Trout Unlimited and our community partners in the Lake Sammamish watershed have a plan for saving our kokanee salmon, but we need your help to advance this critical mission.
The Current Status
Once the most abundant Pacific salmon in this watershed, with numbers in the tens of thousands of fish, recent returns are less than 5% of their historic levels and have dipped below 110 individuals three times (avg. return = 800 fish). Recent data indicate that spring and summer runs of native kokanee are likely already extinct, with the winter/late run holding on only by a thread.
Kokanee salmon are an important cultural resource to local First Nation peoples. Before their decline, kokanee provided food and recreational resources to everybody who lived near the watershed. There was productive fishery at one point, but it has been closed since the mid-1980s.
King County's population has steadily increased from just 302 in 1860 to nearly 2 million in 2010. Of course, with this surge, the urbanization of Lake Sammamish Watershed has also skyrocketed. The photos to the right illustrate just how drastic this development change has impacted the area over the last century. Unfortunately, this rapid urbanization has resulted in the installation of undersized culverts that prevent fish passage, improper storm water management, impacted stream habitats, and disturbed riparian areas. These factors have contributed significantly to the decline in the amount and quality of stream habitat available to kokanee.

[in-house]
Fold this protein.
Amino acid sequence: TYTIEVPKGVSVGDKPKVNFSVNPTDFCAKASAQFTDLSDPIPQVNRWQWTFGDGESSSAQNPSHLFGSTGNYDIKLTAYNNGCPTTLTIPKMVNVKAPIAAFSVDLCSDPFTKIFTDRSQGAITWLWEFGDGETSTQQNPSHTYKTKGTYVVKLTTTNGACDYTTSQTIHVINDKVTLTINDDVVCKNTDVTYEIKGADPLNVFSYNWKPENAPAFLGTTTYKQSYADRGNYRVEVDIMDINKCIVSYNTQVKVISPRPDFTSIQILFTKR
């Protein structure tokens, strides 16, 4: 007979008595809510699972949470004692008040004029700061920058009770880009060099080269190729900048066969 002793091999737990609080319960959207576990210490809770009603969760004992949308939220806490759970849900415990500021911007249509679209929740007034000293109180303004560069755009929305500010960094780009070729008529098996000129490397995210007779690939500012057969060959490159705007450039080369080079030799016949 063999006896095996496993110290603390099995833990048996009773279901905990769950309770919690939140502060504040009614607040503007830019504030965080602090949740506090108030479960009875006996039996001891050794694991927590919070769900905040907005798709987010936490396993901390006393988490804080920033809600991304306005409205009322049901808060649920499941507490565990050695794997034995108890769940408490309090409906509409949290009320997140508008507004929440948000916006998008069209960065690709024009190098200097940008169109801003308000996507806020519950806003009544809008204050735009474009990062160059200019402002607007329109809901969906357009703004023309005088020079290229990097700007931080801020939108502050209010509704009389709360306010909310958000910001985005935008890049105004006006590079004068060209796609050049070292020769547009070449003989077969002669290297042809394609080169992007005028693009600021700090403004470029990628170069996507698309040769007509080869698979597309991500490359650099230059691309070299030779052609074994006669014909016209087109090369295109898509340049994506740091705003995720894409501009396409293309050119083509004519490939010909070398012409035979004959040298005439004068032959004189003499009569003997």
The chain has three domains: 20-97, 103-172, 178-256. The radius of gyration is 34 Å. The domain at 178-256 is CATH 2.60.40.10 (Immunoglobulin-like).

The urbanization of the Lake Sammamish watershed has greatly reduced the spawning habitat available to returning adult fish. Kokanee distribution historically extended throughout most of the Lake Washington watershed, but this distribution is now limited to only Lake Sammamish and several of its tributary streams – less than 10% of its historic range. Of the estimated total historical habitat available in Lake Sammamish, only 38% (45,500 feet) is currently know to be utilized by kokanee. The remaining potential stream habitat (72,591 feet) is in need of further study and/or restoration.
Many of the tributaries and the lake itself are currently listed by the Washington State Department of Ecology as "impaired" for one (or a combination of) the following water quality parameters: water temperature, dissolved oxygen, sediment, bacteria, and PCB's. Impairment means that the state has classified the watercourse as polluted and has placed it on what is called their "303(d) list". The map to the right shows the listed water bodies (red) in the Lake Sammamish Watershed.